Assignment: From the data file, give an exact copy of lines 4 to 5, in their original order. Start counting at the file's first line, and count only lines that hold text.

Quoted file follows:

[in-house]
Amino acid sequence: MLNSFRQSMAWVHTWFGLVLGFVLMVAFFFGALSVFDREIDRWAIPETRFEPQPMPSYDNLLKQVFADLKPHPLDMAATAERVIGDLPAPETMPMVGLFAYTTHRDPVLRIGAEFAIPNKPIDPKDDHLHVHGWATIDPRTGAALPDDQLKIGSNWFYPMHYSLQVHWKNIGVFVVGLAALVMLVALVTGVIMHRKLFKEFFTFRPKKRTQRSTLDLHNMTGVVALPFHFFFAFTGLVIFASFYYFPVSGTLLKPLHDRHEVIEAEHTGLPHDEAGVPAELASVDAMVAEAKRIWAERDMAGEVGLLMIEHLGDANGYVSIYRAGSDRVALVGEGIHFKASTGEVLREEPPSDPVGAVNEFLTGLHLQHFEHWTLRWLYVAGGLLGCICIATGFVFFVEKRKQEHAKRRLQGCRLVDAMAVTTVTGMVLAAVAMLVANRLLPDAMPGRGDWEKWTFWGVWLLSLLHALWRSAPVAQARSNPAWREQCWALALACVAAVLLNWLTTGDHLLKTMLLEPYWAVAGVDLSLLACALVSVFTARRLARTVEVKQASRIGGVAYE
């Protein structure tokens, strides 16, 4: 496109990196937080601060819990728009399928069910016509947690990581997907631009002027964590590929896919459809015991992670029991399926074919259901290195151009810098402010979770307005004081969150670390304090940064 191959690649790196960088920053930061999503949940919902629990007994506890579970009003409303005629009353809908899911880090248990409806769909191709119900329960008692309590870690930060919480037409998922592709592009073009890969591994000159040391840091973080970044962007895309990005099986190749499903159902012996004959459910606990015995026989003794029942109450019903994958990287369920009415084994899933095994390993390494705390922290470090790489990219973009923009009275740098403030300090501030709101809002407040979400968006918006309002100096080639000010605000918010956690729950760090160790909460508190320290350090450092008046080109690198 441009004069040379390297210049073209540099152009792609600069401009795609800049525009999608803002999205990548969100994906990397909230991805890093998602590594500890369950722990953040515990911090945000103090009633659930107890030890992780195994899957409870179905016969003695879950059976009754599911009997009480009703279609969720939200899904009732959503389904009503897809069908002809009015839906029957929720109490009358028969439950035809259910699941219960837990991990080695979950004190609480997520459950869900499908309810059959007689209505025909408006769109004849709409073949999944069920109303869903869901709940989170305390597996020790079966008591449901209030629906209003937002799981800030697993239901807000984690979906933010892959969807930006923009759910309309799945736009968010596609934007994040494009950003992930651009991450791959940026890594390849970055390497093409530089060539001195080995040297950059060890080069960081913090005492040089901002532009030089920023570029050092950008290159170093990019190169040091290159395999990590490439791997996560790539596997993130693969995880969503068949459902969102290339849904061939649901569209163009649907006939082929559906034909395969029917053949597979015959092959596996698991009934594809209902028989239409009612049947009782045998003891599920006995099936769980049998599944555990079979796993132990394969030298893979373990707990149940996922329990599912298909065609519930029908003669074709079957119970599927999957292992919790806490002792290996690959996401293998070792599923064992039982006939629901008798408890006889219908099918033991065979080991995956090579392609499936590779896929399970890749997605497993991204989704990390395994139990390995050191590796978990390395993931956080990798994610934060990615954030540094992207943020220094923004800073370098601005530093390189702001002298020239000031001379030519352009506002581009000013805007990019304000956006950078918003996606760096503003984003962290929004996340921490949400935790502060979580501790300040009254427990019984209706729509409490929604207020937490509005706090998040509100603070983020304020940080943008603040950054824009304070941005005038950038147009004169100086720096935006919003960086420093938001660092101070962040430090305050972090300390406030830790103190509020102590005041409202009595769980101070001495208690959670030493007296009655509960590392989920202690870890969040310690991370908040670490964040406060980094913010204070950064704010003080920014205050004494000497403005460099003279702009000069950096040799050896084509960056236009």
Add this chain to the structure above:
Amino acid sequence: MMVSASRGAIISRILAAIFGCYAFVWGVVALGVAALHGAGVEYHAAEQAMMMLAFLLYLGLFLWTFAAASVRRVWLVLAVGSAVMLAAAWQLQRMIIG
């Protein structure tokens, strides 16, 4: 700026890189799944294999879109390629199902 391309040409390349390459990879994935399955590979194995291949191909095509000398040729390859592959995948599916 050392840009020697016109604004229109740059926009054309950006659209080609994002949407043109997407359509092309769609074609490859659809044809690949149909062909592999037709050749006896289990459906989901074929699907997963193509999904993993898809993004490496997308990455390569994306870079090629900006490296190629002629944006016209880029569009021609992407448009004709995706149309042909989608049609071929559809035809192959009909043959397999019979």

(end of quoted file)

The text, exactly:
Add this chain to the structure above:
Amino acid sequence: MMVSASRGAIISRILAAIFGCYAFVWGVVALGVAALHGAGVEYHAAEQAMMMLAFLLYLGLFLWTFAAASVRRVWLVLAVGSAVMLAAAWQLQRMIIG